The logistics sector is expected to grow 7-9 percent in the current fiscal year, but the margins of industry players are likely to remain “sensitive to risk” due to a continued rise in oil and commodity prices during the the conflict between Russia and Ukraine, according to a report.
Thursday’s report from credit rating agency ICRA also estimated that the sector’s growth in 2021-22 was about 14-17 percent from pre-COVID levels, adding that momentum is expected to continue into this fiscal year.
Medium-term revenue growth would be driven by demand from diverse segments such as e-commerce, FMCG, retail, chemicals, pharmaceuticals and industrial goods, coupled with the industry’s paradigm shift towards organized logistics players after GST and e-waybill implementation, it says.
In addition, the report said that multimodal offerings are likely to gain more adoption and traction in the future as players offering multimodal services had more flexibility.
Given these factors and the relatively greater financial flexibility available to large organized players over their smaller counterparts, there is potential for more formalization in the industry in the future, the report said.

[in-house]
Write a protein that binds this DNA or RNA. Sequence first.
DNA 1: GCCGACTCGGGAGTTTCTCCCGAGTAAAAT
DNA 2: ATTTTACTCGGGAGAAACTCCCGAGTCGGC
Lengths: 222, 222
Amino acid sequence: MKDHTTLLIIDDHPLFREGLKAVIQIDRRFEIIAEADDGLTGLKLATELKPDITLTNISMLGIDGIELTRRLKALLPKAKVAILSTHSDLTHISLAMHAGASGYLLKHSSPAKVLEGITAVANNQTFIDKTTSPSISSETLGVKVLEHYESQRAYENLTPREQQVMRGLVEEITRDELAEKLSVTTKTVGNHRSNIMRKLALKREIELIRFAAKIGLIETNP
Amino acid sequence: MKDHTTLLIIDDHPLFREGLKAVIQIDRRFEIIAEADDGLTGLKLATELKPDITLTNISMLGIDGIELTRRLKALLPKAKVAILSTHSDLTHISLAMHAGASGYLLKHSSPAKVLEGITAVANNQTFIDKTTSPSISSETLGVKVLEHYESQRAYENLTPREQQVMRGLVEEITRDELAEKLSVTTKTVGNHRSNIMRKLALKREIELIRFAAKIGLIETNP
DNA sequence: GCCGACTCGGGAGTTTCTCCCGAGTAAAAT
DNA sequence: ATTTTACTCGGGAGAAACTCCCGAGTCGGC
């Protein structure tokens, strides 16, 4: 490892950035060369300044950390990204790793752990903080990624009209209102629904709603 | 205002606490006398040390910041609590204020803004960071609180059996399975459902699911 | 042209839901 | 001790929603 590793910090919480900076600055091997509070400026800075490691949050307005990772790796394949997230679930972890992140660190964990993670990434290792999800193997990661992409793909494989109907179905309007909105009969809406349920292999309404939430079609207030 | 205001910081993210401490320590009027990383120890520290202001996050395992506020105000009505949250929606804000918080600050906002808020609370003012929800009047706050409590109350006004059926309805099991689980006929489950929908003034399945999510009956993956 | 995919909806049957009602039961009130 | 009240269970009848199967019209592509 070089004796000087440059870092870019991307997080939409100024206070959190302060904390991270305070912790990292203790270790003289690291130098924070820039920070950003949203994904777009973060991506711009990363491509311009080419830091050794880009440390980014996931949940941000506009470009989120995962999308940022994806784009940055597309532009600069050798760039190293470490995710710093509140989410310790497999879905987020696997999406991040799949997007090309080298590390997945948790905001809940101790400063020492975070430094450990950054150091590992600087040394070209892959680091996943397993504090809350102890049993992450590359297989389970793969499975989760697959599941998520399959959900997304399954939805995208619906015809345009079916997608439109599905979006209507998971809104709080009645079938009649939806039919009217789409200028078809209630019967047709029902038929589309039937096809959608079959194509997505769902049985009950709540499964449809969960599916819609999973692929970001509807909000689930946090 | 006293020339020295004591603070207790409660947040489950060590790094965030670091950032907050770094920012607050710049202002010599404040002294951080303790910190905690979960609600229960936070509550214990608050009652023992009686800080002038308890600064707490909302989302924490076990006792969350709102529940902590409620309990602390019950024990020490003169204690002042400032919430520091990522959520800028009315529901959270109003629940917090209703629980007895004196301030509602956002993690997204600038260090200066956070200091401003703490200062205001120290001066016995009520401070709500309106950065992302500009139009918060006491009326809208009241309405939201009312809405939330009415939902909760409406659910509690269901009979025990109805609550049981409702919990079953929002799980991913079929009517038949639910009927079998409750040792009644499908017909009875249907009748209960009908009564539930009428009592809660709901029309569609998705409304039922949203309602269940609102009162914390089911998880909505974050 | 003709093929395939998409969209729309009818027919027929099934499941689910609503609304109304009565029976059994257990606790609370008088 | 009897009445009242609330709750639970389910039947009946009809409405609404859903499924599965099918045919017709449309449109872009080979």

In recent months there has been a continued improvement in freight traffic, aided by a recovery in demand in all sectors, a faster vaccination rate and a rapid decline in the third wave, which has allowed the rapid lifting of restrictions, among other things, ICRA said.
However, it said high commodity prices and rising freight rates are the main near-term headwinds.
Margin movement will continue to depend on consumer demand sentiment, the trend in diesel prices and the intensity of competition within the industry, the report said, adding that while the larger players have been successful in raising rates in FY2022 for the most part, their continued ability to doing the same is to get tested.
“Quarterly sales for the logistics sector passed multi-year highs in Q2 FY2022 and Q3 FY2022, supported by an ongoing recovery in industrial activity.
“The impact of the third wave was minimal as the number of hospital admissions was low. Although there were regional restrictions for a short period of time, manufacturing, construction activities and goods movements were allowed, limiting the impact on commercial traffic,” Suprio Banerjee, Vice Vice President said. President and Sector Head at ICRA Ratings.